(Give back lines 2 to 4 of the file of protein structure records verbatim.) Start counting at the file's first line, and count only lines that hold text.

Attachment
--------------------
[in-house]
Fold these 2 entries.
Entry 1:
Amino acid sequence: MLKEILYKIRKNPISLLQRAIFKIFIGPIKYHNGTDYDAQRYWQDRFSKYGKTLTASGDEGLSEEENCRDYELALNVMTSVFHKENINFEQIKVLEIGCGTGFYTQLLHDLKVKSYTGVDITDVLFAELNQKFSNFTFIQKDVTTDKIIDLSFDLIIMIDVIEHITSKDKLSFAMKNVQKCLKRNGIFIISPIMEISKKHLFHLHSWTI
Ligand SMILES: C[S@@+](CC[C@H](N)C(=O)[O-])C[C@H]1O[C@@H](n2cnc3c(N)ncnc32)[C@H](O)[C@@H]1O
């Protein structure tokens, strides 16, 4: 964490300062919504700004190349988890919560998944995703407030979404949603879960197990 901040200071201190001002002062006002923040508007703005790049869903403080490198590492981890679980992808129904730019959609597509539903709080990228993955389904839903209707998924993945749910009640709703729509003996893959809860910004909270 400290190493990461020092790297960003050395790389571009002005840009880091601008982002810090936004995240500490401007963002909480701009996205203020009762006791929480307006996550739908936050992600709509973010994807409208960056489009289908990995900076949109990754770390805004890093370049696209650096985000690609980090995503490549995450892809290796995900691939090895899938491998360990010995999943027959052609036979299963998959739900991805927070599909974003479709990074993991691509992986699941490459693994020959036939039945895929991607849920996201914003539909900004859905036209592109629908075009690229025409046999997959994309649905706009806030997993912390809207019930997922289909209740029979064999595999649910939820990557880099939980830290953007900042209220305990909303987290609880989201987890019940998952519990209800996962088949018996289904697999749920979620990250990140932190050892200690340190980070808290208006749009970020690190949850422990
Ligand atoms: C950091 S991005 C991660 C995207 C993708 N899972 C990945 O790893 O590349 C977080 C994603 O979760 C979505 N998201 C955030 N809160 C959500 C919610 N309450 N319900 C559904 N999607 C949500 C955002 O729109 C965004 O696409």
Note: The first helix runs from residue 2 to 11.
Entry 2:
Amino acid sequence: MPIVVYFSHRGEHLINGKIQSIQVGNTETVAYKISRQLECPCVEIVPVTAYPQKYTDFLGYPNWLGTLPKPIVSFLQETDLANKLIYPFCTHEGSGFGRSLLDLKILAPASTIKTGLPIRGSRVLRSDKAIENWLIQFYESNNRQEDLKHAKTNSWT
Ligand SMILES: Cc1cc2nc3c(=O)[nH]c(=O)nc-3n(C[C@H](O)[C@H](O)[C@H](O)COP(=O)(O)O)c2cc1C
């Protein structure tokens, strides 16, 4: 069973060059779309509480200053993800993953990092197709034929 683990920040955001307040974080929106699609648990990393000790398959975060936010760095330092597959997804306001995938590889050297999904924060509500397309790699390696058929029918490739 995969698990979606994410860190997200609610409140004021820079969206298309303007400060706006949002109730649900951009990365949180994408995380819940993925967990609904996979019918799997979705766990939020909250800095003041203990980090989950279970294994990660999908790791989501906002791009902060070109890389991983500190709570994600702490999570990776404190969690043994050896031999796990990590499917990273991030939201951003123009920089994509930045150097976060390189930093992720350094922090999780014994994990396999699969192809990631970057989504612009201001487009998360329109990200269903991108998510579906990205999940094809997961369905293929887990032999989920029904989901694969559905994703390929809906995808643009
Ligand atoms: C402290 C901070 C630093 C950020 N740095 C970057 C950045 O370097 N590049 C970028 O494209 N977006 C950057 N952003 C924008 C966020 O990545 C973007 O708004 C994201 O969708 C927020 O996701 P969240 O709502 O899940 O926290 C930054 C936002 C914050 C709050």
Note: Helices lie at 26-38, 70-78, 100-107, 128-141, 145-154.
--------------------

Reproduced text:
Fold these 2 entries.
Entry 1:
Amino acid sequence: MLKEILYKIRKNPISLLQRAIFKIFIGPIKYHNGTDYDAQRYWQDRFSKYGKTLTASGDEGLSEEENCRDYELALNVMTSVFHKENINFEQIKVLEIGCGTGFYTQLLHDLKVKSYTGVDITDVLFAELNQKFSNFTFIQKDVTTDKIIDLSFDLIIMIDVIEHITSKDKLSFAMKNVQKCLKRNGIFIISPIMEISKKHLFHLHSWTI